NORTH POLE Earthquake — 5.2 magnitude strikes near new undersea volcano
A very rare, and most likely volcanic related earthquake has struck near the exact NORTH POLE of the planet.
Upon inspection using Google Earth, the earthquake epicenter is located near an undersea volcano which was discovered in 1999.. currently called “UNNAMED” by the USGS.
This earthquake is listed on the USGS as “North of Svalbard” with NO PICTURE of the North pole, instead they’re showing Europe.
Of course they’re not going to show the North pole, since this would raise everyone’s suspicions about earthquake activity picking up, being that this earthquake was less than 270 miles from the exact geographic polar North of the planet, people might start to ask questions the USGS doesn’t want to answer right now.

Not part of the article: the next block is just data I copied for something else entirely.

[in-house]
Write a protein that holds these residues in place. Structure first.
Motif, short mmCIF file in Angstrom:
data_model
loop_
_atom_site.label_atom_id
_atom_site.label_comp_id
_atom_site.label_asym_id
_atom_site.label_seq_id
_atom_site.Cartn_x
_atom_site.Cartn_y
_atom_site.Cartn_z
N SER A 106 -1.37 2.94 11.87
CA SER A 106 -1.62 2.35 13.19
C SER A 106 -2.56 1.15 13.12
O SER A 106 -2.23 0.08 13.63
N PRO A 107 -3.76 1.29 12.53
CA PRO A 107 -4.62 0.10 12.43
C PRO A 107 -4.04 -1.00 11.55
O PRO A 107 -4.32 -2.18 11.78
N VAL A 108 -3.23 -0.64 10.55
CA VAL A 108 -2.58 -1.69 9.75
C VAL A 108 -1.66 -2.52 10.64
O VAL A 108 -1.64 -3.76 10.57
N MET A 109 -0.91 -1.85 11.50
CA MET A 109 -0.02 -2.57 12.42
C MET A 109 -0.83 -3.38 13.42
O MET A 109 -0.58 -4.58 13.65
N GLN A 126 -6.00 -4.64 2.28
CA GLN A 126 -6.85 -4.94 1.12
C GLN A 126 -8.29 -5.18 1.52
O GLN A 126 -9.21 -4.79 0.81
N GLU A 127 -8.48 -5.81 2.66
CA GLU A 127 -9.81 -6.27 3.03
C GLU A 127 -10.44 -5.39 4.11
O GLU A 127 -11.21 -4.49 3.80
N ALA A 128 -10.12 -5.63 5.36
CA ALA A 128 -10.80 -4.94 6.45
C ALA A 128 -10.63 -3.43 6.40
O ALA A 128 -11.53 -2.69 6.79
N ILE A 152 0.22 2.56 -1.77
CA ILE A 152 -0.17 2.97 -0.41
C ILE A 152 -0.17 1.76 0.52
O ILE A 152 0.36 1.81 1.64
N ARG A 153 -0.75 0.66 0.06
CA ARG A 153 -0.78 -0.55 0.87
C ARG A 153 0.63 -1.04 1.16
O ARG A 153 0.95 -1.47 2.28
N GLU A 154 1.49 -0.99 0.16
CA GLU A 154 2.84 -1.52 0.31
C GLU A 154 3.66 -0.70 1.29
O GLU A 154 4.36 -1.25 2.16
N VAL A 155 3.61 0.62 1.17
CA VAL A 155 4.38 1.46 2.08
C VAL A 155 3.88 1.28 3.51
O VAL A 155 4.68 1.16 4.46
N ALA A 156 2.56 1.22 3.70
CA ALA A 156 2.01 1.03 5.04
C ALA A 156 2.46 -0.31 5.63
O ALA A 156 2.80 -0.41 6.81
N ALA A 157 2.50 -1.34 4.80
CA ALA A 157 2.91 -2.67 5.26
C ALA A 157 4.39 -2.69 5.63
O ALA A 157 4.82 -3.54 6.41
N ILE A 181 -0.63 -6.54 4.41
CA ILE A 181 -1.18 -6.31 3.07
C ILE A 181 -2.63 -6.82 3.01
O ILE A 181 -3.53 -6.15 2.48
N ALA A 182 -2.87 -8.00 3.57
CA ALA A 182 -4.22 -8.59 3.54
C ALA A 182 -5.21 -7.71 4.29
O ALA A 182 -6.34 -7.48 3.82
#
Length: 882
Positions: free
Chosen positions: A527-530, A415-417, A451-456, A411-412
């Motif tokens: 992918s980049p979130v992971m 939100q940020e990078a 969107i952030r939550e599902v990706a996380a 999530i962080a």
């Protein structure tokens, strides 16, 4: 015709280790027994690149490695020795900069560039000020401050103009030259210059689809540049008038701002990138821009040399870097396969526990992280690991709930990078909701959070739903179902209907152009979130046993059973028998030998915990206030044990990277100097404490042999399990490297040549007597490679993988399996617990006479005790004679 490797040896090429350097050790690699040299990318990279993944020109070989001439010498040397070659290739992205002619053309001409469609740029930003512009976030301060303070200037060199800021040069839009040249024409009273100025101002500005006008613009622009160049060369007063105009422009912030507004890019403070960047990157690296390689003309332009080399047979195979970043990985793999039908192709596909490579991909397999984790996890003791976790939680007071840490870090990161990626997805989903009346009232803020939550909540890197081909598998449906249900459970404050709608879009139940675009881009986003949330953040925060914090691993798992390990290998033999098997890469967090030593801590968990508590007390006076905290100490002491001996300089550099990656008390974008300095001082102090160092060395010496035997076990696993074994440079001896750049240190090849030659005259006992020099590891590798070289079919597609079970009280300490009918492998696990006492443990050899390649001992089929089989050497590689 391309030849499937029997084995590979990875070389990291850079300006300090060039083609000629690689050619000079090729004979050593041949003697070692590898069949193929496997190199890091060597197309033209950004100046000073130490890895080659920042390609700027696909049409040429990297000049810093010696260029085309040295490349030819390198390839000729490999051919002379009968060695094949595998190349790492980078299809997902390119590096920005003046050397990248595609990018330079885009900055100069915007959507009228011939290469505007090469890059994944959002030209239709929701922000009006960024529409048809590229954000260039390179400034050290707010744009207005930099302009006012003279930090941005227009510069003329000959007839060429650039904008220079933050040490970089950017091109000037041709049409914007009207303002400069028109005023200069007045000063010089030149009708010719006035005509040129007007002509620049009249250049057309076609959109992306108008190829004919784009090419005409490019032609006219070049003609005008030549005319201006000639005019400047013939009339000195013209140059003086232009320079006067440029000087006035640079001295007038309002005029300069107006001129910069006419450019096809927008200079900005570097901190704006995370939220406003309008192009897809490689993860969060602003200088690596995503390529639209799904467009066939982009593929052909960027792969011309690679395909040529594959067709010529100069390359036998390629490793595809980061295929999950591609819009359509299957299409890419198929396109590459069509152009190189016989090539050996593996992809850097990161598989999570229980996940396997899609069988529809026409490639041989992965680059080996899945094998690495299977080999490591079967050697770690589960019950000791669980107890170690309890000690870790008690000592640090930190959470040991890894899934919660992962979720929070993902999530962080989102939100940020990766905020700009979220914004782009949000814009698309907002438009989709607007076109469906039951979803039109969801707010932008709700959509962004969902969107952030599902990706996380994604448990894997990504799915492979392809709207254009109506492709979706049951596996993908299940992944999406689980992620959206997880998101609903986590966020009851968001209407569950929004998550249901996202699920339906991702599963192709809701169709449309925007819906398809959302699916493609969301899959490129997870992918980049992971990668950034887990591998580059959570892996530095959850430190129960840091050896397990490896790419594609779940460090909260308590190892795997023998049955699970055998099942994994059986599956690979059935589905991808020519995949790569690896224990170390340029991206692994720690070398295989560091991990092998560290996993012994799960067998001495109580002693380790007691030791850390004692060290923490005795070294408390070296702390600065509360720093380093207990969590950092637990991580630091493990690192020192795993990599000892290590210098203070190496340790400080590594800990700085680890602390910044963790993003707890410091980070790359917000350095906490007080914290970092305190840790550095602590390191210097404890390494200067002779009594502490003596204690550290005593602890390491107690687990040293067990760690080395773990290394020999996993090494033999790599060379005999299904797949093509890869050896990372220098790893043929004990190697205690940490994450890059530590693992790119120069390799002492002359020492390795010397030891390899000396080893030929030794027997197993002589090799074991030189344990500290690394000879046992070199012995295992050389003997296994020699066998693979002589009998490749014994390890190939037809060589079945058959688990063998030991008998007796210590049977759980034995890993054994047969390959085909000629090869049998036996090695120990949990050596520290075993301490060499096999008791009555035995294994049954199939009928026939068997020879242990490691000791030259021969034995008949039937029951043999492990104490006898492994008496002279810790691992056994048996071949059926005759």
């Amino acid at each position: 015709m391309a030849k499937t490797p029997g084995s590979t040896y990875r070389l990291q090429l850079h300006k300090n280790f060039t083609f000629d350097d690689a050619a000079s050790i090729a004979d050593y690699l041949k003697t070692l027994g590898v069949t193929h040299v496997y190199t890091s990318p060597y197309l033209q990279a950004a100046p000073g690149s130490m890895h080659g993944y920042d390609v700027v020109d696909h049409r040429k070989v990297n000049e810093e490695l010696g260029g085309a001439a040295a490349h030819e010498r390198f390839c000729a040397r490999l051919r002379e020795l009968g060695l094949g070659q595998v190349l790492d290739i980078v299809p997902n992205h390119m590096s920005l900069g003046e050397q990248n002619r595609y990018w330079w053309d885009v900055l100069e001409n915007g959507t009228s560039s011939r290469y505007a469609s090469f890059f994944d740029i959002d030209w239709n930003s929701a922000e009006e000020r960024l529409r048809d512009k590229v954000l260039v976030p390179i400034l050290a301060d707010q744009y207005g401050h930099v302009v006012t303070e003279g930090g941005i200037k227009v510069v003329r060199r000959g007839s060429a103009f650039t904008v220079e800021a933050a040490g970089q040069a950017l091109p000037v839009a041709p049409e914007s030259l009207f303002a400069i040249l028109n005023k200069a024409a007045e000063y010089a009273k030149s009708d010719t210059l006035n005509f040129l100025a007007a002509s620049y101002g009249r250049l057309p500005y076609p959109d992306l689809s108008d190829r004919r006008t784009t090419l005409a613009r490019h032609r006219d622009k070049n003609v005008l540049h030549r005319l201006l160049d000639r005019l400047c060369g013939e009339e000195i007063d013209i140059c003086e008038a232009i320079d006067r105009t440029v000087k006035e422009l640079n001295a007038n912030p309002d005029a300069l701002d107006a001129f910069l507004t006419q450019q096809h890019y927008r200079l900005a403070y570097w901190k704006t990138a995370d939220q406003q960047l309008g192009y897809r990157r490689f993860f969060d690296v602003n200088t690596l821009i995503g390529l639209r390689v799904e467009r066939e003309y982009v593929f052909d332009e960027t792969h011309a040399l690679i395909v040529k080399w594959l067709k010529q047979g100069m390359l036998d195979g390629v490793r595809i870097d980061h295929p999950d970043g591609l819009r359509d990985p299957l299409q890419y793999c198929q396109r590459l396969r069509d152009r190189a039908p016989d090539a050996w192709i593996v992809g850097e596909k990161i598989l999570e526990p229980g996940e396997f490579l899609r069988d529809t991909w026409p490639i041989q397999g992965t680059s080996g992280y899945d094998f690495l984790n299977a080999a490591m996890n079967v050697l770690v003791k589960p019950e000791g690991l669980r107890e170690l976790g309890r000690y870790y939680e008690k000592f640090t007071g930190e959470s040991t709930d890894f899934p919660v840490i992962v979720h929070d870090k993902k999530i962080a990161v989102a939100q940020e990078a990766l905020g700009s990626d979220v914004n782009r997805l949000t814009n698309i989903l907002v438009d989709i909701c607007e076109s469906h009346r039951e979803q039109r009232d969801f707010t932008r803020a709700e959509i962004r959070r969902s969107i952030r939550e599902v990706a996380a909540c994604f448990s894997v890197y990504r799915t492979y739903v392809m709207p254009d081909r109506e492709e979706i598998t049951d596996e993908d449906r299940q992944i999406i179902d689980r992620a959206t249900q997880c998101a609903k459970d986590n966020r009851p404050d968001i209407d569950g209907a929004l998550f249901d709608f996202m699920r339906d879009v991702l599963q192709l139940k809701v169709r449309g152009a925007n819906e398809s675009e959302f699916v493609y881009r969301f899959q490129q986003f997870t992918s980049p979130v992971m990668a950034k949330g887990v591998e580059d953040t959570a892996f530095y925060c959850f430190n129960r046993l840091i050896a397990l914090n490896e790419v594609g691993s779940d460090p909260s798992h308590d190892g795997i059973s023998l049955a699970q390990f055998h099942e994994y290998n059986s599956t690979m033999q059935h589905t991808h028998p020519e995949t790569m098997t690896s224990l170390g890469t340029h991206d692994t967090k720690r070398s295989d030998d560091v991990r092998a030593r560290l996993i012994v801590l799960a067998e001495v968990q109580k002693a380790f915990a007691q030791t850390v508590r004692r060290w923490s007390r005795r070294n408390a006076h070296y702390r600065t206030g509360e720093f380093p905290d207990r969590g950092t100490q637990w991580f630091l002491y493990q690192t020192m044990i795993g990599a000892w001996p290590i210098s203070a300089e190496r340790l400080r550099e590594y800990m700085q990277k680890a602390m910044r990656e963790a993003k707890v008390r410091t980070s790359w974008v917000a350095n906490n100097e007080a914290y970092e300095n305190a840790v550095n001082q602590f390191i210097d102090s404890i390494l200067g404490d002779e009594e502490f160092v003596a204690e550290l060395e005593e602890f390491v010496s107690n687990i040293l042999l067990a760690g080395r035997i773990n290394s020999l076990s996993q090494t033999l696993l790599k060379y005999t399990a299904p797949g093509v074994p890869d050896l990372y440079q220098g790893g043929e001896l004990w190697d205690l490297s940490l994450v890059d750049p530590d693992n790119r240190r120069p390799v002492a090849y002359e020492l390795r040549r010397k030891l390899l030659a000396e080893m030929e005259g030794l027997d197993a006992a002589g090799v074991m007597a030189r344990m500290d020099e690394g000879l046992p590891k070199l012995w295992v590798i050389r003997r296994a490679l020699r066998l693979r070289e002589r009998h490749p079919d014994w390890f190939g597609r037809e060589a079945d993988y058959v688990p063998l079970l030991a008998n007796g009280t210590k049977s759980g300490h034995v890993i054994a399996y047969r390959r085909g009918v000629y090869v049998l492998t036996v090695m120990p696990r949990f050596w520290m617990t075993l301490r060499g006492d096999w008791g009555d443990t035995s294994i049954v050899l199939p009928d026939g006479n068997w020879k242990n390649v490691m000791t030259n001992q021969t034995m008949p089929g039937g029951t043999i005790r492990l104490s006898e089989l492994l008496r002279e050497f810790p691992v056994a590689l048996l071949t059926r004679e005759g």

Questions might get asked like, “why are you not warning people that there is increased seismic unrest taking place, and that people should be preparing for larger coming movement?!”
This is an extremely rare event, and it follows multiple other rare seismic events over the past 1-2 weeks.
Over the past week alone, we saw a large unexpected blast from Shindake volcano off the coast of Japan, we saw a large unexpected blast from Wolf Volcano in the Galapagos, there was a large 8.5M earthquake (7.8 magnitude revised) which struck at a very deep level, a large 6.8M earthquake struck Alaska, another large earthquake struck off the coast of Oregon, also there was movement along the New Madrid seismic zone, and multiple dormant volcanoes showed earthquake activity in the United States.
Information on this North Pole Earthquake from the USGS: